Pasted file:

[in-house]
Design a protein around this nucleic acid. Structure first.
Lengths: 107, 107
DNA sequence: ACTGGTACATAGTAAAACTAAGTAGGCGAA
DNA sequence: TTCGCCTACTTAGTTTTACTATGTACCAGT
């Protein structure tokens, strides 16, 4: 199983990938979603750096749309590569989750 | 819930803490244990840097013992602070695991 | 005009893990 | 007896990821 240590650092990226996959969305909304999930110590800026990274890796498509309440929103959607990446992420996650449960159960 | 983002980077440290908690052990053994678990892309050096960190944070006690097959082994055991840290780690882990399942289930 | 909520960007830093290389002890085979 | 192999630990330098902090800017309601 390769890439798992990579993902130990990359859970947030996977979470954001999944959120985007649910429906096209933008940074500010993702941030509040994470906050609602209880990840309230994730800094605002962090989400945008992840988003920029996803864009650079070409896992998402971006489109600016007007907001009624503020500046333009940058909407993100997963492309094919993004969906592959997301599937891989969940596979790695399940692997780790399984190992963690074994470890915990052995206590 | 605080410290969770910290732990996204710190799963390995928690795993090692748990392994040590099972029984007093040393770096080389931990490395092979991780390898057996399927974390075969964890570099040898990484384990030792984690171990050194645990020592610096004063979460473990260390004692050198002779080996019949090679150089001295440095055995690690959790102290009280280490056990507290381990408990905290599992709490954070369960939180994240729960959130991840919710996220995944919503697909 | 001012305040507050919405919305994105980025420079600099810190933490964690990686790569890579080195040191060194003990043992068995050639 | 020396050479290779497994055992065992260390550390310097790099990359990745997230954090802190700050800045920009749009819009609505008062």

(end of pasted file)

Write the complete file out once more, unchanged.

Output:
[in-house]
Design a protein around this nucleic acid. Structure first.
Lengths: 107, 107
DNA sequence: ACTGGTACATAGTAAAACTAAGTAGGCGAA
DNA sequence: TTCGCCTACTTAGTTTTACTATGTACCAGT
């Protein structure tokens, strides 16, 4: 199983990938979603750096749309590569989750 | 819930803490244990840097013992602070695991 | 005009893990 | 007896990821 240590650092990226996959969305909304999930110590800026990274890796498509309440929103959607990446992420996650449960159960 | 983002980077440290908690052990053994678990892309050096960190944070006690097959082994055991840290780690882990399942289930 | 909520960007830093290389002890085979 | 192999630990330098902090800017309601 390769890439798992990579993902130990990359859970947030996977979470954001999944959120985007649910429906096209933008940074500010993702941030509040994470906050609602209880990840309230994730800094605002962090989400945008992840988003920029996803864009650079070409896992998402971006489109600016007007907001009624503020500046333009940058909407993100997963492309094919993004969906592959997301599937891989969940596979790695399940692997780790399984190992963690074994470890915990052995206590 | 605080410290969770910290732990996204710190799963390995928690795993090692748990392994040590099972029984007093040393770096080389931990490395092979991780390898057996399927974390075969964890570099040898990484384990030792984690171990050194645990020592610096004063979460473990260390004692050198002779080996019949090679150089001295440095055995690690959790102290009280280490056990507290381990408990905290599992709490954070369960939180994240729960959130991840919710996220995944919503697909 | 001012305040507050919405919305994105980025420079600099810190933490964690990686790569890579080195040191060194003990043992068995050639 | 020396050479290779497994055992065992260390550390310097790099990359990745997230954090802190700050800045920009749009819009609505008062």